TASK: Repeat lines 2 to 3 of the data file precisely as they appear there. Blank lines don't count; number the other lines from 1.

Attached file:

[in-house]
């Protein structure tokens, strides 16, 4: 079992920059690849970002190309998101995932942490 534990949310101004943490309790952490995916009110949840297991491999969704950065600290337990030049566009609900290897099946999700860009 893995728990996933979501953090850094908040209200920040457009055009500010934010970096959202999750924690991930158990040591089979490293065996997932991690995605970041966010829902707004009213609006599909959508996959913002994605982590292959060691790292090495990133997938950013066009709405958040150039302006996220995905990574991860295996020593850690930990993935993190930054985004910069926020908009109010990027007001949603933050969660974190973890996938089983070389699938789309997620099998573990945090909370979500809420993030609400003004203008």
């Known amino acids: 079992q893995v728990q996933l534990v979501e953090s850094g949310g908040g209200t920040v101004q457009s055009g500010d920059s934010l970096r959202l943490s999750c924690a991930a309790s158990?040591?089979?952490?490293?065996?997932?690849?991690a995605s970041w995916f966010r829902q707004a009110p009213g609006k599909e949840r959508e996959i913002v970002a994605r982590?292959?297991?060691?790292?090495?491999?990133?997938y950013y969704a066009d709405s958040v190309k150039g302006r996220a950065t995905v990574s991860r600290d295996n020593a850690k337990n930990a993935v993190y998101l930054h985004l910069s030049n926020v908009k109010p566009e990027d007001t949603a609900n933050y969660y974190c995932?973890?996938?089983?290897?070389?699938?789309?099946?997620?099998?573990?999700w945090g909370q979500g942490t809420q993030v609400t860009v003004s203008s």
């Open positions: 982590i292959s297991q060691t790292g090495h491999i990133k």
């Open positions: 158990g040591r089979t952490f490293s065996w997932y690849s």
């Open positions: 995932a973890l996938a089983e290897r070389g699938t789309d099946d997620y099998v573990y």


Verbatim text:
């Protein structure tokens, strides 16, 4: 079992920059690849970002190309998101995932942490 534990949310101004943490309790952490995916009110949840297991491999969704950065600290337990030049566009609900290897099946999700860009 893995728990996933979501953090850094908040209200920040457009055009500010934010970096959202999750924690991930158990040591089979490293065996997932991690995605970041966010829902707004009213609006599909959508996959913002994605982590292959060691790292090495990133997938950013066009709405958040150039302006996220995905990574991860295996020593850690930990993935993190930054985004910069926020908009109010990027007001949603933050969660974190973890996938089983070389699938789309997620099998573990945090909370979500809420993030609400003004203008």
């Known amino acids: 079992q893995v728990q996933l534990v979501e953090s850094g949310g908040g209200t920040v101004q457009s055009g500010d920059s934010l970096r959202l943490s999750c924690a991930a309790s158990?040591?089979?952490?490293?065996?997932?690849?991690a995605s970041w995916f966010r829902q707004a009110p009213g609006k599909e949840r959508e996959i913002v970002a994605r982590?292959?297991?060691?790292?090495?491999?990133?997938y950013y969704a066009d709405s958040v190309k150039g302006r996220a950065t995905v990574s991860r600290d295996n020593a850690k337990n930990a993935v993190y998101l930054h985004l910069s030049n926020v908009k109010p566009e990027d007001t949603a609900n933050y969660y974190c995932?973890?996938?089983?290897?070389?699938?789309?099946?997620?099998?573990?999700w945090g909370q979500g942490t809420q993030v609400t860009v003004s203008s």